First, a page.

April 2020 E-Update
CDC Updates COVID-19 Guidance to Add New Symptoms and Guidelines on Release from Isolation
The federal Centers for Disease Control and Prevention (CDC) provided updated guidance on several issues of relevance to employees infected with COVID-19 – additional symptoms of COVID-19 and when individuals who have tested positive for COVID-19 may stop self-isolating, which would enable them to return to work. For more, click here.
DOL Issues New COVID-19-Related WARN FAQs and Updates FFCRA Q&As
The federal Department of Labor (DOL) issued new Worker Adjustment and Retraining Notification (WARN) Act COVID-19 Frequently Asked Questions and added to its extensive Questions and Answers resource for the Families First Coronavirus Response Act (FFCRA). For more, click here.
EEOC Provides Guidance on Reasonable Accommodations and Employee Testing When Returning to Work
The federal Equal Employment Opportunity Commission (EEOC) updated its “What You Should Know About COVID-19 and the ADA, the Rehabilitation Act, and Other EEO Laws” resource to expand upon its guidance on some issues of concern to employers – reasonable accommodations and employee testing. For more, click here.
NLRB Issues “Election Protection” Final Rule
On April 1, 2020, the National Labor Relations Board issued its anticipated “Election Protection” final rule. (Last August, the Board issued the Notice of Proposed Rulemaking, which we discussed here.) The final rule differs in some respects from the proposed rule. For more, click here.
NLRB Addresses “Contract Coverage” Standard Following Expiration of CBA
In KOIN-TV, the National Labor Relations Board held that its recently adopted “contract coverage” standard is inapplicable to an employer’s unilateral changes made after a collective-bargaining agreement (“CBA”) has expired unless the CBA “contained language explicitly providing that the provision [permitting the unilateral change] would survive contract expiration.” For more, click here.
D.C. Expands Both DC-FMLA and Sick and Safe Leave Law for COVID-19. The District of Columbia temporarily expanded both its Family and Medical Leave Act (DC-FMLA) and its Sick and Safe Leave Act (DC-SSLA) to include COVID-19-related reasons. For more, click here.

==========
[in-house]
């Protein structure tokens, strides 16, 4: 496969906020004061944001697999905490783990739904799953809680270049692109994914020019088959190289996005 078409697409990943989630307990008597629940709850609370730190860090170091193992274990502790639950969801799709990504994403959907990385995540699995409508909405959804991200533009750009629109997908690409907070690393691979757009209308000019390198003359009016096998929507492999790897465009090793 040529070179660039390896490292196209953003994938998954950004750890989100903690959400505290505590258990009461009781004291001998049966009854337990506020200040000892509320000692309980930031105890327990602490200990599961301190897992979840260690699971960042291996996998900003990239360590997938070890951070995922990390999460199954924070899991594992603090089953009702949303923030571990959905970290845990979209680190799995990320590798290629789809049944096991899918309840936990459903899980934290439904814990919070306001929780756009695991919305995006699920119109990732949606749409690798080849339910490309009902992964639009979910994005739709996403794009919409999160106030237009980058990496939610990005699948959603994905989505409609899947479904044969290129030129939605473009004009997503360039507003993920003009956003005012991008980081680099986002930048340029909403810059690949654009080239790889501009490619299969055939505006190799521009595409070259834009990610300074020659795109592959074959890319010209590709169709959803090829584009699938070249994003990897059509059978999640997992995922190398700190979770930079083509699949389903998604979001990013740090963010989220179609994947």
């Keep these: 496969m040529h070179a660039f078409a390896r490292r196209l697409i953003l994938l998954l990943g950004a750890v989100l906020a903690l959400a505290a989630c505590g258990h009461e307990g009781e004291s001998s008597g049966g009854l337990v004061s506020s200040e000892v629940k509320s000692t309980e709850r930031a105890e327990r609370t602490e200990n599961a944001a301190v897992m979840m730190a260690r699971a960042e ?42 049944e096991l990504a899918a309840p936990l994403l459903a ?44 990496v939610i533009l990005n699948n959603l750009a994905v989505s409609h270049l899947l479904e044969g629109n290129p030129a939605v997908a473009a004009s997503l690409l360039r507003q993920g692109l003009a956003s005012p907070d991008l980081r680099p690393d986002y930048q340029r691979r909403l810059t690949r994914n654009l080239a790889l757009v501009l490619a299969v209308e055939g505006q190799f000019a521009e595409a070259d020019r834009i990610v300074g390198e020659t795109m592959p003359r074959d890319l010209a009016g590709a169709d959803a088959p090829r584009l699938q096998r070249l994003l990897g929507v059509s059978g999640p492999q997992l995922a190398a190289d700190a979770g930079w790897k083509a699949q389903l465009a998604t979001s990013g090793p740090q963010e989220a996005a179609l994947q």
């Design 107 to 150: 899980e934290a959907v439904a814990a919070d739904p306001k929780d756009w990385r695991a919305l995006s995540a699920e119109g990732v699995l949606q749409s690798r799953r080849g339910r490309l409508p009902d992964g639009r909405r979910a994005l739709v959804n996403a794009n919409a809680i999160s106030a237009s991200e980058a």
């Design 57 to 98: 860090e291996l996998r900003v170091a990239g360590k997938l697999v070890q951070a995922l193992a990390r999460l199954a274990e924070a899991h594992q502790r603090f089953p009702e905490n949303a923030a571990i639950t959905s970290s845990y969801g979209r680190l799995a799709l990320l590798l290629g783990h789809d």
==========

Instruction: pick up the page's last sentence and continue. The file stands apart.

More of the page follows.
Virginia Vastly Expands Its Employment Laws. Substantial changes to Virginia’s employment laws were enacted, including expanding anti-discrimination protections, requiring reasonable accommodations for pregnancy and childbirth, increasing the minimum wage, providing a private right of action for wage payment violations, strengthening worker misclassification laws, prohibiting non-competes for low-wage employees, and implementing whistleblower protections. For more, click here.
Employer Legally Obligated Only to Stop Co-worker Harassment, Not More. The U.S. Court of Appeals for the Fourth Circuit found that the employee could not sustain a hostile environment harassment claim where the employer had effectively stopped the co-worker harassment, and the employer was not required to do more than that. For more, click here.
“There are no nuances to be discerned regarding the Holocaust”; Holocaust-Denier’s Discrimination Claim Dismissed. The U.S. Court of Appeals for the Third Circuit rejected a teacher’s claims of race, ethnicity and religion discrimination under federal and state law, finding that his termination was legitimately based on his teaching anti-Semitic views to his students. For more, click here.
ADA Does Not Require “Forgiveness or a Second Chance.” An employee could be terminated for violating conduct rules, even resulting from her disability, and the employer was not required to provide an accommodation to enable her to meet the standards in the future, according to the U.S. Court of Appeals for the First Circuit. For more, click here.
OFCCP Update – New Directives, Lower Veterans’ Hiring Benchmark. The Office of Federal Contract Compliance Programs issued several items of interest to government contractors and subcontractors this month. For more, click here.
NLRB Reaffirms Employer’s Right to Require Confidentiality During Internal Investigation. In Securitas Security Services, the National Labor Relations Board concluded that the employer lawfully required confidentiality during an internal investigation of a confrontation and allegation of racial discrimination. For more, click here.
A New Supervisor May Set New Expectations. The U.S. Court of Appeals for the Eighth Circuit rejected an operations manager’s claim that he was terminated in retaliation for filing a discrimination charge with the Equal Employment Opportunity Commission, finding instead that he was unable to meet the expectations of his new supervisor. For more, click here.
“Employees cannot immunize themselves from legitimate termination by taking FMLA leave.” The U.S. Court of Appeals for the Fifth Circuit provides support to an employer’s ability to take legitimate employment action for an employee’s misconduct, regardless of the employee’s use of leave under the Family and Medical Leave Act. For more, click here.
The current COVID-19 crisis has had a significant impact on many employees who have had to take leave for COVID-19-related reasons. While the Families First Coronavirus Response Act provides paid leave to certain employees, and some states and local jurisdictions have implemented specific COVID-19 paid leave requirements, in addition to existing employer paid leave programs, there will be some employees who do not have or have exhausted paid leave to cover their COVID-19-related absences. For more, click here.